Local Community volunteers on night patrol

How Local Community volunteers along the border are helping secure the border and their communities

Dzongkhags along the border shared how encouraging it is to see local communities coming forward to take up the responsibility in fighting COVID-19. They shared the communities are cooperative in following the recently implemented rules, such as the 7 pm shop closure rule, and also help in contributing vegetables and their services as volunteers.

The community volunteers help RBP, RBA, foresters and other volunteers in carrying out the border patrols. The communities also play a vital role in information sharing, whereby many people who had entered the community after hiding their travel history were revealed to the authorities and so could be placed under home quarantine.

Samtse Dzongda, Sonam Wangyel, said that in general, they have the full support and volunteers from every community. “They have been working hard since day one, and they are still busy with their assigned duties within their communities,” said the Dzongda.

“They have been engaged in constructing infrastructure sheds for RBP wherever it is needed. We instruct them to help as and when there is a need. Other than that, they have been patrolling along the border. Deployment of community volunteers for security purpose is done in cooperation with the RBP. We help the volunteers with necessary facilities and services,” he said.

Local people are also cooperative and are always ready to comply with rules. The 7 pm rule has been followed strictly, the Dzongda said. However, there are one or two people who fail to do because they fail to understand the associated risks, he added.

Sarpang Dzongda, Karma Galay, shared that it is encouraging to see communities coming together to combat COVID-19. He said they are cooperative and they have around 1,500 volunteers in the dzongkhag.

“The volunteers share information with us on a daily basis. They do patrolling in their respective community and they sensitize the people. They have become more responsible now,” the Dzongda added.

The community volunteers are mostly deployed in the security segment to help RBP, foresters and DeSuups along the border. Apart from that, they come forward in unloading essential goods of the Food Corporation of Bhutan.

The Sarpang Dzongda said, “I am happy to say that with the help of community volunteers, we could get hold of a few smugglers who were smuggling tobacco products along the border. Also, we could put 15 people under home quarantine after verifying their information from the community.”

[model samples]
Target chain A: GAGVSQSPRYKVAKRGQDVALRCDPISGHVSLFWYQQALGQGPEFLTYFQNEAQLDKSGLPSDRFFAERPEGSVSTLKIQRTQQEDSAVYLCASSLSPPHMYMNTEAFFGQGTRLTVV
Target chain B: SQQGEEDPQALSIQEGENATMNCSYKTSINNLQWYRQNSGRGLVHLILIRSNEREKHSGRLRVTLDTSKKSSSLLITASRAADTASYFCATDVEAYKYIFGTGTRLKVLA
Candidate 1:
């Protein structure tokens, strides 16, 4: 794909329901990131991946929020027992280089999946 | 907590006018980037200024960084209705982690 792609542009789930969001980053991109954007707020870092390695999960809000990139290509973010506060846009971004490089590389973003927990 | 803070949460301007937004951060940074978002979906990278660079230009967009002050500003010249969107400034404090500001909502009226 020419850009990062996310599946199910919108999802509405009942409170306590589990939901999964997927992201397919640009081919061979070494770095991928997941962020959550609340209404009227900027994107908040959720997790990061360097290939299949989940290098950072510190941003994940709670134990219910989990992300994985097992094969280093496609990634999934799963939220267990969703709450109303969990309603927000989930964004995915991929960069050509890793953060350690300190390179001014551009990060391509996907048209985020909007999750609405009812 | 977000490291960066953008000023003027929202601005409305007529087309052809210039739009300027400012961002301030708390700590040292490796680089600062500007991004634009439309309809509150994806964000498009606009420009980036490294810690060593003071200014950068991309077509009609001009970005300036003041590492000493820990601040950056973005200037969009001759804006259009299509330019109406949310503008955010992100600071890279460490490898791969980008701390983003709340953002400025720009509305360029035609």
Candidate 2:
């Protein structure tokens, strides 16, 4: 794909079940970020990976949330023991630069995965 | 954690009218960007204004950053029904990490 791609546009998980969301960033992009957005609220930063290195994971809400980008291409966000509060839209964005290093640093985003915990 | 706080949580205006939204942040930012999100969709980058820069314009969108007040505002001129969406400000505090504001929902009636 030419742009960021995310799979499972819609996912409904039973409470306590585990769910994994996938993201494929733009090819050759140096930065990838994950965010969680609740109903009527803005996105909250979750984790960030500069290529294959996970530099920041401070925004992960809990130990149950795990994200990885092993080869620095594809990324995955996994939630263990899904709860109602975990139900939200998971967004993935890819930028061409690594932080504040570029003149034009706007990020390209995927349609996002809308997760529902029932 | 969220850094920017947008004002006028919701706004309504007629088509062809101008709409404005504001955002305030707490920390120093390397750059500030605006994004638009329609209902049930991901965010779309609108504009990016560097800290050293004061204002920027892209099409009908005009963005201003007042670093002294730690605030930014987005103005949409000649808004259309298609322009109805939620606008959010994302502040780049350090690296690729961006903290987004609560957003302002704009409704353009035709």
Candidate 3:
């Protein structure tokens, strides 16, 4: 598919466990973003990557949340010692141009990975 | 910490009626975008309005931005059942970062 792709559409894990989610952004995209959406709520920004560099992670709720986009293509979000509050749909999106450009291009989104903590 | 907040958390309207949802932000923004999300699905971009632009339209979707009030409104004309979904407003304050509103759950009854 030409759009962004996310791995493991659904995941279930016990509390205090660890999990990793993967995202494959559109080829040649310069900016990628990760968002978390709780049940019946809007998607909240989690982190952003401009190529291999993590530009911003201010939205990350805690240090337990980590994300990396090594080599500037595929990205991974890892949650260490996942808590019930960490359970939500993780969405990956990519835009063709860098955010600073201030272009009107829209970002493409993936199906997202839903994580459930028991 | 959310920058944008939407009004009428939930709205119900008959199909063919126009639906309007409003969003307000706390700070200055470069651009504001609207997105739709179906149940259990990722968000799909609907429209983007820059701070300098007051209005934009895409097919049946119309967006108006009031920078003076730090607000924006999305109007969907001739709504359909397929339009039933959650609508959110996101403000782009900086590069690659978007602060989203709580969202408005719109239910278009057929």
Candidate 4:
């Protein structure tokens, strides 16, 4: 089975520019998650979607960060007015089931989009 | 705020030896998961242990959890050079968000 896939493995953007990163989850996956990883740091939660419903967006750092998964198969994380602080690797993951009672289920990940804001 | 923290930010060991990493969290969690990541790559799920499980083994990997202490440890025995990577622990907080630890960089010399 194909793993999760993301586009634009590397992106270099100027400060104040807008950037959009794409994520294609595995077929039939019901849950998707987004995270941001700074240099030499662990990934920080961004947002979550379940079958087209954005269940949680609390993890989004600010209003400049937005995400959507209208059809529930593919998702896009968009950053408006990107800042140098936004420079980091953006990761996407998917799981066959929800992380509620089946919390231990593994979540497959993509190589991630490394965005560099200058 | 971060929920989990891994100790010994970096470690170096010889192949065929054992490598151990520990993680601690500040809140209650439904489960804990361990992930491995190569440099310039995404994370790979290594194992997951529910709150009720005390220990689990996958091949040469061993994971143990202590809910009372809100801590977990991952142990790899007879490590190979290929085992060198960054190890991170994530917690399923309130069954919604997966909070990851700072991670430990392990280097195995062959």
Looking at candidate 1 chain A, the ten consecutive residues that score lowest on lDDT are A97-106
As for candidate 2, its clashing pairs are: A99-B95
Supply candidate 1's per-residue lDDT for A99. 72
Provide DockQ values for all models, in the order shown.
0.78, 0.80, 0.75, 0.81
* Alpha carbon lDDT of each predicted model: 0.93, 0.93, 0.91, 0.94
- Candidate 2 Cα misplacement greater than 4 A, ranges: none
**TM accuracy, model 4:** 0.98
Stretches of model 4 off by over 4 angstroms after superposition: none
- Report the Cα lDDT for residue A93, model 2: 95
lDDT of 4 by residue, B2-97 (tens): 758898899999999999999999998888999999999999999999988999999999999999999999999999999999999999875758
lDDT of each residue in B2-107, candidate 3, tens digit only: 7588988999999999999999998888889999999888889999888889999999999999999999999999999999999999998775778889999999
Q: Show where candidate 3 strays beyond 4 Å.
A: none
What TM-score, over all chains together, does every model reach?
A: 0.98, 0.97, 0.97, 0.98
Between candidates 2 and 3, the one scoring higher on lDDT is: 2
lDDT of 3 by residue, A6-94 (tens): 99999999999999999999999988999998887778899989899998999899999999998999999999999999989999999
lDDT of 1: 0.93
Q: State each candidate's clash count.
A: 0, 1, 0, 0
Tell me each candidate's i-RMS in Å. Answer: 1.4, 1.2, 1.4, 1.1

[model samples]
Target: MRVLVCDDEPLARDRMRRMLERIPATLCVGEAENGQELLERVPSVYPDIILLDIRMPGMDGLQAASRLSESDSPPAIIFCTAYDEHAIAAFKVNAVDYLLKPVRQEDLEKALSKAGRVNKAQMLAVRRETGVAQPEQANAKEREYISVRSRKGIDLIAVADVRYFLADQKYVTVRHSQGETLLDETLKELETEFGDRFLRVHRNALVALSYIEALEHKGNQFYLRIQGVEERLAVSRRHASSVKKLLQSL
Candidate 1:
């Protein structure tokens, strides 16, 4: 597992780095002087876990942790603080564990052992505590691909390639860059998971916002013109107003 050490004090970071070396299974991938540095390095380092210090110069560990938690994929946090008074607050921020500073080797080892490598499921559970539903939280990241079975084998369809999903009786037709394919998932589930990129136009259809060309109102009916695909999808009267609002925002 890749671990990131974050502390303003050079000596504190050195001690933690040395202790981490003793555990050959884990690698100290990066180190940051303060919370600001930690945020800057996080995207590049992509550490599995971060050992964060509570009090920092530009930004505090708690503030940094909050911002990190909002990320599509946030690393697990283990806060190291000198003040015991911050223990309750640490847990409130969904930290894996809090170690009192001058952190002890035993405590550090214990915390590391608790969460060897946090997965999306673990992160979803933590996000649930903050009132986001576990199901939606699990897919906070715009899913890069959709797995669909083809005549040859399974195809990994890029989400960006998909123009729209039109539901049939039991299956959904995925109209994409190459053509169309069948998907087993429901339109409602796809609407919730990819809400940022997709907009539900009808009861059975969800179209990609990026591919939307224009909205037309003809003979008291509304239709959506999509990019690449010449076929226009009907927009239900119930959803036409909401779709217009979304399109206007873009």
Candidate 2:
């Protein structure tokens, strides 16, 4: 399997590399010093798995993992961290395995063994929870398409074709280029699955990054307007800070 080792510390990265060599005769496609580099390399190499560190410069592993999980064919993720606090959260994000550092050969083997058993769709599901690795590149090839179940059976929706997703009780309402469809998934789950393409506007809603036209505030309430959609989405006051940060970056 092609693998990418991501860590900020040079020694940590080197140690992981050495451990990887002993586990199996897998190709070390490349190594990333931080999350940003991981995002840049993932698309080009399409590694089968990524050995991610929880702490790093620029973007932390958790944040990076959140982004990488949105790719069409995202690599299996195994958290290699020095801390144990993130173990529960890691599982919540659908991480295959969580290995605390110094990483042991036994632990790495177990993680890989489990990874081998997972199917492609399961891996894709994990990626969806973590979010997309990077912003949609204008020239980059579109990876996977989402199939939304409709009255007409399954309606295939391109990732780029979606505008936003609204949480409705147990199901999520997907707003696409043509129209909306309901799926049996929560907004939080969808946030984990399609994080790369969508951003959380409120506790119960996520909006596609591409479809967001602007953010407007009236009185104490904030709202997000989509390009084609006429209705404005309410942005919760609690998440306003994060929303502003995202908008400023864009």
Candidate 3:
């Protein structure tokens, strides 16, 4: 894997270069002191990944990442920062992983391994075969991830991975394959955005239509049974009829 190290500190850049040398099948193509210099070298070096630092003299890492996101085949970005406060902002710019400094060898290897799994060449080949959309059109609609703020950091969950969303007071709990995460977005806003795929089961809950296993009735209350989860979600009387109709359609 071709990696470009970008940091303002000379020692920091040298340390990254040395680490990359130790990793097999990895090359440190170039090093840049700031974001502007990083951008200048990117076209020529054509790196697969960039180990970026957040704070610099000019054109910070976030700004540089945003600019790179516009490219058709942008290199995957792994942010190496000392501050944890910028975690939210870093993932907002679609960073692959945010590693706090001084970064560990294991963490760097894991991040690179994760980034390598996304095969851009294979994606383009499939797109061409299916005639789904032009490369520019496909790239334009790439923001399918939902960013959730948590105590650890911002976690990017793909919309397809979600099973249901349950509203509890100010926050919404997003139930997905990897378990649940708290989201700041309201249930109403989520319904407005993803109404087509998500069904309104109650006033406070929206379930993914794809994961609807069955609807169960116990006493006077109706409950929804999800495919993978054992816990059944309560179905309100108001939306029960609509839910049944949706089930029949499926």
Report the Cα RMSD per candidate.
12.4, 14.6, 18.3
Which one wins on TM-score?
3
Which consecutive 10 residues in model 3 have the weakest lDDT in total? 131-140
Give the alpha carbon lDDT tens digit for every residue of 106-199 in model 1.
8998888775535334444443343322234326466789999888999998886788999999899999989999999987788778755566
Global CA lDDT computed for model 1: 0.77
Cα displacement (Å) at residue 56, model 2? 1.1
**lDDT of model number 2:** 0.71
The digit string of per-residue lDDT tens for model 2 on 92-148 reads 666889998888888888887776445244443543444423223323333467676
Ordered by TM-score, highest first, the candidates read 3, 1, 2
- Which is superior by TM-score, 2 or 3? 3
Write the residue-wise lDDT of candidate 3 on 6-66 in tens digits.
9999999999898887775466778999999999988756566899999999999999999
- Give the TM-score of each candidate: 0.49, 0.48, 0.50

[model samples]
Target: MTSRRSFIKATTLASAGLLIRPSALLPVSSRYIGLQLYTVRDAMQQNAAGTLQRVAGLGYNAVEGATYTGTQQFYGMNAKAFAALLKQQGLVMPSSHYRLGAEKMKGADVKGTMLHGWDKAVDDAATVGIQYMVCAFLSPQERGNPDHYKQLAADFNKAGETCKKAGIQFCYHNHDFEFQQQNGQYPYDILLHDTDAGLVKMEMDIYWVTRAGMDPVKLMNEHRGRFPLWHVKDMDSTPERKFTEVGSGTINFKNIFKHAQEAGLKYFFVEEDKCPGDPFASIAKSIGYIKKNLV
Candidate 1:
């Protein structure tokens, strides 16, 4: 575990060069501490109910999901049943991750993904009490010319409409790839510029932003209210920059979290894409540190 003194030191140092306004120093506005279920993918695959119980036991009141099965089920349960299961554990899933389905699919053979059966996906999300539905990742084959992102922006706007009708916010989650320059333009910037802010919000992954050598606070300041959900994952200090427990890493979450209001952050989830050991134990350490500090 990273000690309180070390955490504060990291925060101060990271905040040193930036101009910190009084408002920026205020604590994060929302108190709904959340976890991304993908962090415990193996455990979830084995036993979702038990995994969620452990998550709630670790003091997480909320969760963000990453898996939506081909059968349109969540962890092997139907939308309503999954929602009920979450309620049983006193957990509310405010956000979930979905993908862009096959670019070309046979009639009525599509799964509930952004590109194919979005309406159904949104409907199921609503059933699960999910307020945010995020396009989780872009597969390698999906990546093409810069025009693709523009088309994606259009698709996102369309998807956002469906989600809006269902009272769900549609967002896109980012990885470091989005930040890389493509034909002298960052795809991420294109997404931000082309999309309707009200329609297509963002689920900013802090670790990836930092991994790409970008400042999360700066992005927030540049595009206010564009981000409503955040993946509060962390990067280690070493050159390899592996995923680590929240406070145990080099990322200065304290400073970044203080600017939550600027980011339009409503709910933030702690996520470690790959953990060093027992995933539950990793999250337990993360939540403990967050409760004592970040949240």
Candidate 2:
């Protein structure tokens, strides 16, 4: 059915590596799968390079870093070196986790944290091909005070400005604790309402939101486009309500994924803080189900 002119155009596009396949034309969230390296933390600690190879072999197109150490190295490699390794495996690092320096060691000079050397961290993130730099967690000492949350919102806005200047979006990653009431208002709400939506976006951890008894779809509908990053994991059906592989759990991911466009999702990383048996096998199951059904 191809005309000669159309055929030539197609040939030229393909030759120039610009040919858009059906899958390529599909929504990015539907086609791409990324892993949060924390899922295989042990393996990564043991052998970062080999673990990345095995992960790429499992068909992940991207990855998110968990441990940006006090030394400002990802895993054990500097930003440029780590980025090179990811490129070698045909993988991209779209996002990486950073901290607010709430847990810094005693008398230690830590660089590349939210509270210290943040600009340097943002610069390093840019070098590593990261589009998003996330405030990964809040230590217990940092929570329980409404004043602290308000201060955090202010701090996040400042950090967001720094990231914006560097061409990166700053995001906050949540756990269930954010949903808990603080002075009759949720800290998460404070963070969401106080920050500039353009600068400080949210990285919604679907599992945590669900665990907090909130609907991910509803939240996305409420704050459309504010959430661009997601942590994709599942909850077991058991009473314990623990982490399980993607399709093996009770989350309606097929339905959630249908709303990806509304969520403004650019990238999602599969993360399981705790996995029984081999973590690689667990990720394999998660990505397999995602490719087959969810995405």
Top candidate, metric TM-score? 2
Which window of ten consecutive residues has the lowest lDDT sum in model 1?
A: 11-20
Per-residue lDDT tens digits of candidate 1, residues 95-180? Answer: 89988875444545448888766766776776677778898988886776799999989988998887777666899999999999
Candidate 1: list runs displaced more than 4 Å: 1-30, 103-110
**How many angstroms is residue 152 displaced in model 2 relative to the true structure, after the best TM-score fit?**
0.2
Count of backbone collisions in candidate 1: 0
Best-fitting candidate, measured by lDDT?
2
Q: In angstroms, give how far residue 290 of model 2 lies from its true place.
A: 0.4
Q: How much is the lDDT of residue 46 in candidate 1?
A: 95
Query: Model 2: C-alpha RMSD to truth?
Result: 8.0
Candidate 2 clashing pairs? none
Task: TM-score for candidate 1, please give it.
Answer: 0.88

He said there are 10 gewogs are along the border and the gewog vehicles are used for transportation purposes. They have not faced any issue as of today. “The community volunteers have been effective,” said the Dzongda.

Chukha Dzongrab, Sherab Dorji, said, “Communities were always supportive since day one. We have 850 gewog volunteers from 11 gewogs. They were advised to patrol respective communities and to inform the dzongkhag if anything suspicious happens. They were also made to do border patrolling.”

However, he said that after additional DeSuups in Phuentsholing for border patrolling and other purposes, the community volunteers were withdrawn from border patrolling. They were advised to continue supporting their community.

“People from Chapcha and Shemagangkha have volunteered to contribute vehicles for use if the country goes into a lockdown, for transportation purpose,” he said.

Samdrupjongkhar Dzongda, Tharchin Lhendup, shared that Friends of Police (FoP) and community volunteers are working equally hard to combat COVID-19 and they have been always helpful.

They patrol the border along with other volunteers, and at times, they were asked to patrol their own community. He said, “They keep an eye on people’s moment in and out of their community, and to see if anyone is entering our country through illegal routes. They sensitize people on social distancing.”

In addition, he also said that people are cooperative, and adapt to whatever rules are being implemented. “They seem to be well informed which is why there is not a single report of people failing to comply the rules,” he said.

With support from all the volunteers, he said, “We are able to secure the porous border to our best, without much of an issue.”

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